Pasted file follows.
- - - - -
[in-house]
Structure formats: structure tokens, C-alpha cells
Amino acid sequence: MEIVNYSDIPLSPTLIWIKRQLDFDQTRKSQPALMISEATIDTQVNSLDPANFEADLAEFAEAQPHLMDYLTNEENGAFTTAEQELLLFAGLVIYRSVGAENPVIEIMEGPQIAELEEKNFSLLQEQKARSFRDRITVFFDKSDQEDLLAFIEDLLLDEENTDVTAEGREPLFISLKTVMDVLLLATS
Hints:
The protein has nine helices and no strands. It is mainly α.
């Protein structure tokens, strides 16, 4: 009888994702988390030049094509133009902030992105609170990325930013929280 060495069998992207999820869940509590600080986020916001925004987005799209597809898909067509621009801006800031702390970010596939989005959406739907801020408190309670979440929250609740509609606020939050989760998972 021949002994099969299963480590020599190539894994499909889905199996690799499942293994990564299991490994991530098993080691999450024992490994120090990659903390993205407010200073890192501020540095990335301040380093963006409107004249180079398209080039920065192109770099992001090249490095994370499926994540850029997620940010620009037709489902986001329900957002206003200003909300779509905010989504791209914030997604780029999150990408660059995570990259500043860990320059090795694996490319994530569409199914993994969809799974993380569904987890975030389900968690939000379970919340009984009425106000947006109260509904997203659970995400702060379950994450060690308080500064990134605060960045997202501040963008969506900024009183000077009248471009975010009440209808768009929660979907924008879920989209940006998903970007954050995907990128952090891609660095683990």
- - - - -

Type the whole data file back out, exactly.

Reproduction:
[in-house]
Structure formats: structure tokens, C-alpha cells
Amino acid sequence: MEIVNYSDIPLSPTLIWIKRQLDFDQTRKSQPALMISEATIDTQVNSLDPANFEADLAEFAEAQPHLMDYLTNEENGAFTTAEQELLLFAGLVIYRSVGAENPVIEIMEGPQIAELEEKNFSLLQEQKARSFRDRITVFFDKSDQEDLLAFIEDLLLDEENTDVTAEGREPLFISLKTVMDVLLLATS
Hints:
The protein has nine helices and no strands. It is mainly α.
């Protein structure tokens, strides 16, 4: 009888994702988390030049094509133009902030992105609170990325930013929280 060495069998992207999820869940509590600080986020916001925004987005799209597809898909067509621009801006800031702390970010596939989005959406739907801020408190309670979440929250609740509609606020939050989760998972 021949002994099969299963480590020599190539894994499909889905199996690799499942293994990564299991490994991530098993080691999450024992490994120090990659903390993205407010200073890192501020540095990335301040380093963006409107004249180079398209080039920065192109770099992001090249490095994370499926994540850029997620940010620009037709489902986001329900957002206003200003909300779509905010989504791209914030997604780029999150990408660059995570990259500043860990320059090795694996490319994530569409199914993994969809799974993380569904987890975030389900968690939000379970919340009984009425106000947006109260509904997203659970995400702060379950994450060690308080500064990134605060960045997202501040963008969506900024009183000077009248471009975010009440209808768009929660979907924008879920989209940006998903970007954050995907990128952090891609660095683990």